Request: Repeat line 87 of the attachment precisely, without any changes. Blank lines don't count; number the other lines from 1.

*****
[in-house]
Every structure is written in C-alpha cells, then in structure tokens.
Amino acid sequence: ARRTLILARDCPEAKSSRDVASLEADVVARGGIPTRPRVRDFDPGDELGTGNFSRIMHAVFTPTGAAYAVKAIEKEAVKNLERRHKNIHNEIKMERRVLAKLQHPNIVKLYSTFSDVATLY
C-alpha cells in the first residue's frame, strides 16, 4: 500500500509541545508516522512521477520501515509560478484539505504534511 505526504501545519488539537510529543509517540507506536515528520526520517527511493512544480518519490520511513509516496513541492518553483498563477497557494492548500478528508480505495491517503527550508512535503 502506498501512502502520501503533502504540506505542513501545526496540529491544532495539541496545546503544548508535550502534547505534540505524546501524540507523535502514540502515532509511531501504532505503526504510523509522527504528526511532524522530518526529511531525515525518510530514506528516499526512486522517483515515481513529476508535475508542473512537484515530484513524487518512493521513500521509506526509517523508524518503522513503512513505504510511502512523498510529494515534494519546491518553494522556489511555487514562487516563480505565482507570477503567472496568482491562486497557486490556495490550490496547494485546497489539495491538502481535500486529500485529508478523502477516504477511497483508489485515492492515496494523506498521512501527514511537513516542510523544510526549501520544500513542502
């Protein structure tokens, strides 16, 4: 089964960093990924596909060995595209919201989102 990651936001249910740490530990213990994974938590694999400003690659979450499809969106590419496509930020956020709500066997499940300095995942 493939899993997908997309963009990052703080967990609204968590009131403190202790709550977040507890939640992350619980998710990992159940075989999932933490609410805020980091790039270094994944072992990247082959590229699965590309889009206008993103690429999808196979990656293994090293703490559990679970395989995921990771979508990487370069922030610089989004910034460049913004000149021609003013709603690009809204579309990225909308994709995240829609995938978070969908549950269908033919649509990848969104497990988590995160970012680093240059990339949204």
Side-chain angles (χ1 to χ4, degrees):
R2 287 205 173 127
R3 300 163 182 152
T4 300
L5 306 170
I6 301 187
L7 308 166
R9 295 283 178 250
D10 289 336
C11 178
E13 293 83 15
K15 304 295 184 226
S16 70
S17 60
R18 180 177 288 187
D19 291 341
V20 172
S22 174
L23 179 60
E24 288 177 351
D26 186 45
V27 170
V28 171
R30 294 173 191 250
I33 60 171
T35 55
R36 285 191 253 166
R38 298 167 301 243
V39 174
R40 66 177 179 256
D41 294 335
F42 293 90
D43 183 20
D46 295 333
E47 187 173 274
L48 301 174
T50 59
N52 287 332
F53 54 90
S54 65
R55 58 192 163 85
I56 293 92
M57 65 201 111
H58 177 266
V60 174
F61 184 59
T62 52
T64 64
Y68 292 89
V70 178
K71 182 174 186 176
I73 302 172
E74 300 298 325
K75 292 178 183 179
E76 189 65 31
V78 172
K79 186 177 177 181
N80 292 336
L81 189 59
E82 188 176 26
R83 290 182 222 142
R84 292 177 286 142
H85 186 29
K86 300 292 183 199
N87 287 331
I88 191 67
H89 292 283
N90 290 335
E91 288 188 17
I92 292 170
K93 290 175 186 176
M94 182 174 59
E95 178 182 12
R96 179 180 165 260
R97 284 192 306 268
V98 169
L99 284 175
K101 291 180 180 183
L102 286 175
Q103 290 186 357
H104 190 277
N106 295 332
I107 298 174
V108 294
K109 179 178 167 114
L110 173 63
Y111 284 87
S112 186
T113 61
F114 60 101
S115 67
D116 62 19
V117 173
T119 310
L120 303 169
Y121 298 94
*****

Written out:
N106 295 332